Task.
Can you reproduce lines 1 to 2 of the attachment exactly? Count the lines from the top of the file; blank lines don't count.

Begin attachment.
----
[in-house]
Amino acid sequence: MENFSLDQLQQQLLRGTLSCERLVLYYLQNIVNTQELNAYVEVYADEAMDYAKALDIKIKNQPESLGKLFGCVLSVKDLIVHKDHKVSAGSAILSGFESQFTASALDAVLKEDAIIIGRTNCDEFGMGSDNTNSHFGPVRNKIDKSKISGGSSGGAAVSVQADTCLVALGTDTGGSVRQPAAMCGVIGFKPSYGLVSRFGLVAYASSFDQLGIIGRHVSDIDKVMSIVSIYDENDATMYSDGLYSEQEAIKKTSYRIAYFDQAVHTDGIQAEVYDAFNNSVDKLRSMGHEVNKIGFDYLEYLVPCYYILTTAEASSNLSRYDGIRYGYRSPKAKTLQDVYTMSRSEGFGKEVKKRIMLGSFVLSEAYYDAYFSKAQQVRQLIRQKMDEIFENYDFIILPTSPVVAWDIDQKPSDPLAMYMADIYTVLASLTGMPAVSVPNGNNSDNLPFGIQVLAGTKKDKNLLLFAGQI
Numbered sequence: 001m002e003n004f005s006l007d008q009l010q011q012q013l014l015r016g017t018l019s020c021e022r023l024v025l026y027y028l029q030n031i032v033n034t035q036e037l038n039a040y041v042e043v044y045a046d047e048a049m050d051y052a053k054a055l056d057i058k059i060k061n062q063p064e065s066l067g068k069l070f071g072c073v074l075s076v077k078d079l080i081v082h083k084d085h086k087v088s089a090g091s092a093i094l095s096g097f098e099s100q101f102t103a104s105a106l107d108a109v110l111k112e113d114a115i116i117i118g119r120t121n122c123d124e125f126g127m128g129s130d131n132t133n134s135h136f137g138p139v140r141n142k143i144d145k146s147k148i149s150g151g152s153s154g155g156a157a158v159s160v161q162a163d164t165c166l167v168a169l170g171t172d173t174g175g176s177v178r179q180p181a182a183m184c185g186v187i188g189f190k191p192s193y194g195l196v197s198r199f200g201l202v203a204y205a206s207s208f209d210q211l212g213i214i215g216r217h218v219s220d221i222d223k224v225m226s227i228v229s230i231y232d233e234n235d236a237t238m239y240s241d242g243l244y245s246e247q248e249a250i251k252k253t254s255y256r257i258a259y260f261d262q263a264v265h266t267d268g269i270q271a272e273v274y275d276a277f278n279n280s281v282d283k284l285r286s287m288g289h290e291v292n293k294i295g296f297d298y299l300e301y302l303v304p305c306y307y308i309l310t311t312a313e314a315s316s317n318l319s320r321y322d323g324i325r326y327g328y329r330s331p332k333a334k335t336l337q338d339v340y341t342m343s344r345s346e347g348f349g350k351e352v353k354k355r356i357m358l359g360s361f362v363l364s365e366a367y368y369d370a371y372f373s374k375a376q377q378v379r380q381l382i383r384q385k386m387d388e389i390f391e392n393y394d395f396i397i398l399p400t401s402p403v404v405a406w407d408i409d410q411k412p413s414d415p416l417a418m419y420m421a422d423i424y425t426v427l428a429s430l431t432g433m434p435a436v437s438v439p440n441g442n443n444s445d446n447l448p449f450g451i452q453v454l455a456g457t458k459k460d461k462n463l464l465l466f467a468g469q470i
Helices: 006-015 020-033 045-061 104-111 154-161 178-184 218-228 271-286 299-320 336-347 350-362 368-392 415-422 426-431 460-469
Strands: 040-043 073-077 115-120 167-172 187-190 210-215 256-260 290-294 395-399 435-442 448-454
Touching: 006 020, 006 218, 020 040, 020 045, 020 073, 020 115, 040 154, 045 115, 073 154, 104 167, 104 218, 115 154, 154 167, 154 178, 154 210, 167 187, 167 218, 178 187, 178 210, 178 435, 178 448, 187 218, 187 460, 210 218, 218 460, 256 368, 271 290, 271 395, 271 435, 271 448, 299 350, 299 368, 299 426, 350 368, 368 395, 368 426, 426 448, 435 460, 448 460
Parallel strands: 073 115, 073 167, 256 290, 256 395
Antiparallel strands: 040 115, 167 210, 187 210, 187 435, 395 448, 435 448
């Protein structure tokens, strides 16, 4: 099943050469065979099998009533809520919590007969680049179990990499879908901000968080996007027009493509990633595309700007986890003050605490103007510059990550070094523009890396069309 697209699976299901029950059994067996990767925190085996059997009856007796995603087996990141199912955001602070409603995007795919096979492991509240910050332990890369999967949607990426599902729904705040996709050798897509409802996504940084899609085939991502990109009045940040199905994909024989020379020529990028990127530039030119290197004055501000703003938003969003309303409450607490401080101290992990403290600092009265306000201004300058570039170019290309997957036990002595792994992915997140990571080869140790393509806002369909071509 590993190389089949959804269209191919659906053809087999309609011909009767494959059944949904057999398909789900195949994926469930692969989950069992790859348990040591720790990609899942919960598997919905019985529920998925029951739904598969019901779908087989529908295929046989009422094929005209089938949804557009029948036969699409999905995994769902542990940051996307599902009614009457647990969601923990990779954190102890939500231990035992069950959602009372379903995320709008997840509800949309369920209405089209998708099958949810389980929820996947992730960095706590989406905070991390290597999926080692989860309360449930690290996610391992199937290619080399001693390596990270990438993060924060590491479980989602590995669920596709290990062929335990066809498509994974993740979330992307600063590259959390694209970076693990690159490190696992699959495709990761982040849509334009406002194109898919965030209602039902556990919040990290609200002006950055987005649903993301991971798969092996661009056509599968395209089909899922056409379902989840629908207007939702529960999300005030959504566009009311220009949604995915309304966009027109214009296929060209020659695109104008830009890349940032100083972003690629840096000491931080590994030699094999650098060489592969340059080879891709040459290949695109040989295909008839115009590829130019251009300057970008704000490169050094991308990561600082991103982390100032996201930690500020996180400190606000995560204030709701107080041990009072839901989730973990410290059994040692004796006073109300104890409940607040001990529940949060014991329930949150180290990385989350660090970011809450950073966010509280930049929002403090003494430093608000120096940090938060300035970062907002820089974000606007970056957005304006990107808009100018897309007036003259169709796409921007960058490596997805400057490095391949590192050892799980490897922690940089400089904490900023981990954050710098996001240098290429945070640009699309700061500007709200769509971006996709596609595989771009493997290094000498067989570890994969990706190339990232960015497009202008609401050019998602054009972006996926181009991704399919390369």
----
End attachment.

[in-house]
Amino acid sequence: MENFSLDQLQQQLLRGTLSCERLVLYYLQNIVNTQELNAYVEVYADEAMDYAKALDIKIKNQPESLGKLFGCVLSVKDLIVHKDHKVSAGSAILSGFESQFTASALDAVLKEDAIIIGRTNCDEFGMGSDNTNSHFGPVRNKIDKSKISGGSSGGAAVSVQADTCLVALGTDTGGSVRQPAAMCGVIGFKPSYGLVSRFGLVAYASSFDQLGIIGRHVSDIDKVMSIVSIYDENDATMYSDGLYSEQEAIKKTSYRIAYFDQAVHTDGIQAEVYDAFNNSVDKLRSMGHEVNKIGFDYLEYLVPCYYILTTAEASSNLSRYDGIRYGYRSPKAKTLQDVYTMSRSEGFGKEVKKRIMLGSFVLSEAYYDAYFSKAQQVRQLIRQKMDEIFENYDFIILPTSPVVAWDIDQKPSDPLAMYMADIYTVLASLTGMPAVSVPNGNNSDNLPFGIQVLAGTKKDKNLLLFAGQI